Bright Light And Hard Exercise May Not Be Migraine Triggers After All
January 24, 2013

Bright Light And Hard Exercise May Not Be Migraine Triggers After All

Brett Smith for - Your Universe Online

New research that was recently published in the journal Neurology suggests that two supposed migraine triggers, bright lights and hard exercise, may not have as much of an effect as previously thought.

In what sounds like one of the most cruelly designed experiments, researchers had 27 migraine patients run or ride an exercise bike at maximum effort for one hour, while the scientists used a combination of lamps and bright flashes for up to 40 minutes to study the combined effect of light and physical exertion on those suffering from the excruciating headaches.

“What have generally been reported as sure triggers for migraines, are not so sure when you actually expose people to them,” study co-author Dr. Jes Olesen, from the University of Copenhagen in Denmark, told Time magazine.

Olesen and his colleagues also set out to find out how these triggers related to migraines with aura, a type of headache accompanied by incapacitating visual disturbances. About 20 percent of migraine patients also experience aura.

"People with migraine with aura are told to avoid possible triggers, which may lead them to avoid a wide range of suspected factors," Olesen said. "Yet the most commonly reported triggers are stress, bright light, emotional influences and physical effort, which can be difficult to avoid and potentially detrimental, if people avoid all physical activity."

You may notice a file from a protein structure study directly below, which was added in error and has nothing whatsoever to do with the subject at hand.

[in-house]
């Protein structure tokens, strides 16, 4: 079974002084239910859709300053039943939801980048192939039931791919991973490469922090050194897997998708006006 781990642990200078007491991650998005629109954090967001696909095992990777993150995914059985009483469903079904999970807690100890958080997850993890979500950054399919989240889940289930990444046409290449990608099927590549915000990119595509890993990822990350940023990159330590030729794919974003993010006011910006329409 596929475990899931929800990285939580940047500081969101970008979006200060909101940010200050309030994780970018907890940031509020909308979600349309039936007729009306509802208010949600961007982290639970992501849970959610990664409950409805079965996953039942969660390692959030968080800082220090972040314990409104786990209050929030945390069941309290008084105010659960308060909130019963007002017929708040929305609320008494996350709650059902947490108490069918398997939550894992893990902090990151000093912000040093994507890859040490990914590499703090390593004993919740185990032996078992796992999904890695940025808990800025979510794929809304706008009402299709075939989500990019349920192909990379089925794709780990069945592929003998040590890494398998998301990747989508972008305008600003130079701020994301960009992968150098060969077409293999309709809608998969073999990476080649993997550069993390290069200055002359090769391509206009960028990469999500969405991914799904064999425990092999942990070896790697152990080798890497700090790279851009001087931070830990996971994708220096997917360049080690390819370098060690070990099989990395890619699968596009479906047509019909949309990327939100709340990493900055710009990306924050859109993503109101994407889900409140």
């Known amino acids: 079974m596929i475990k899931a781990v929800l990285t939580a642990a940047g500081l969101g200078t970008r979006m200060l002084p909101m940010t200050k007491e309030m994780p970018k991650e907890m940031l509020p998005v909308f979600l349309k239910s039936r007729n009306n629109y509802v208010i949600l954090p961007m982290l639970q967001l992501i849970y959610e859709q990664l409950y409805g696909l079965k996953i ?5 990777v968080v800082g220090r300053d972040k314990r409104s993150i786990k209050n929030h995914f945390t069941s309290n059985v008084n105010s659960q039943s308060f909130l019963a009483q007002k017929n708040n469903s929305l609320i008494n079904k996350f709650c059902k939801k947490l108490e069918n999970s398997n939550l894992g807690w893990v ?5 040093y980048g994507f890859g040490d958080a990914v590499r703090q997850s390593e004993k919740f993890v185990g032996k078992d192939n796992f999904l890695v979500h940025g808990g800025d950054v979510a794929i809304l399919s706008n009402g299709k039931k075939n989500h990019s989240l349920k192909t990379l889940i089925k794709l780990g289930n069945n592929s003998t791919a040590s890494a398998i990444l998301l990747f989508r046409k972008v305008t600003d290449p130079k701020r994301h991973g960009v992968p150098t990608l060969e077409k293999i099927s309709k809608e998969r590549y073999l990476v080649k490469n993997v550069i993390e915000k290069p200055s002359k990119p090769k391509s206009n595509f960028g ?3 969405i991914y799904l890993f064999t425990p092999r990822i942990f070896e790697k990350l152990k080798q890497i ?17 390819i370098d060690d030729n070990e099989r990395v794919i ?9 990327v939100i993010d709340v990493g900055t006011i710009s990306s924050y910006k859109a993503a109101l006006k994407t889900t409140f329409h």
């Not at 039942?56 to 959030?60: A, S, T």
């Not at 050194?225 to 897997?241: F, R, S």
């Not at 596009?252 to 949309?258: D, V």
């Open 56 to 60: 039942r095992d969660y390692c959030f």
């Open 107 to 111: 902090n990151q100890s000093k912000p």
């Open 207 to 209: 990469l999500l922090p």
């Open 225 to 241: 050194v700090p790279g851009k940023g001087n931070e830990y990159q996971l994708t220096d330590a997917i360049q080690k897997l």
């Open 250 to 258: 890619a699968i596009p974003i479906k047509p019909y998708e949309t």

After these physical sessions, the researchers found that only 3 out of the 27 patients contracted migraines with auras, and an additional 3 patients experienced migraines without auras. The researchers also exposed the study participants to the light stimuli without heavy exercise. None of the participants experienced any kind of migraine from light alone.

Olesen said many of the patients in his study were surprised to learn that light did not induce their headaches.

“The patients were almost apologetic to us because they had indicated it would cause an attack, but it didn´t,” he said.

Just because bright and flashing lights didn´t cause migraines among the 27 participants in this study doesn´t mean that they will not cause it in other patients and Olesen noted that each person should increase their awareness about their own individual condition.

“Everybody with a migraine should try to find out what is triggering their attacks,” he said. “When they have a suspicion, it would be a good idea to try and see if it induces an attack. In most cases, it´s probably not going to be true.”

In an accompanying editorial that also appeared in Neurology, two scientists made a distinction between symptoms and triggers of migraines. Dr. Stephen D. Silberstein, a professor of neurology at Thomas Jefferson University who co-authored the editorial, suggested that some patients may confuse symptoms with triggers.

“You eat chocolate and you get a headache. Does that mean chocolate triggers the headache?” Silberstein said to Time. “What probably happens is the first symptom of your migraine attack is the desire to eat chocolate.”

He added that recognizing a trigger, not a symptom, is one of the most important things a person with migraines can do.

“Trigger avoidance is overdone,” Silberstein said. “If you know something is going to cause your headache, whether you believe it as a result of conditioning or reality, avoid it. But people who take away everything in life that they love because it might trigger their headache, that´s useless.”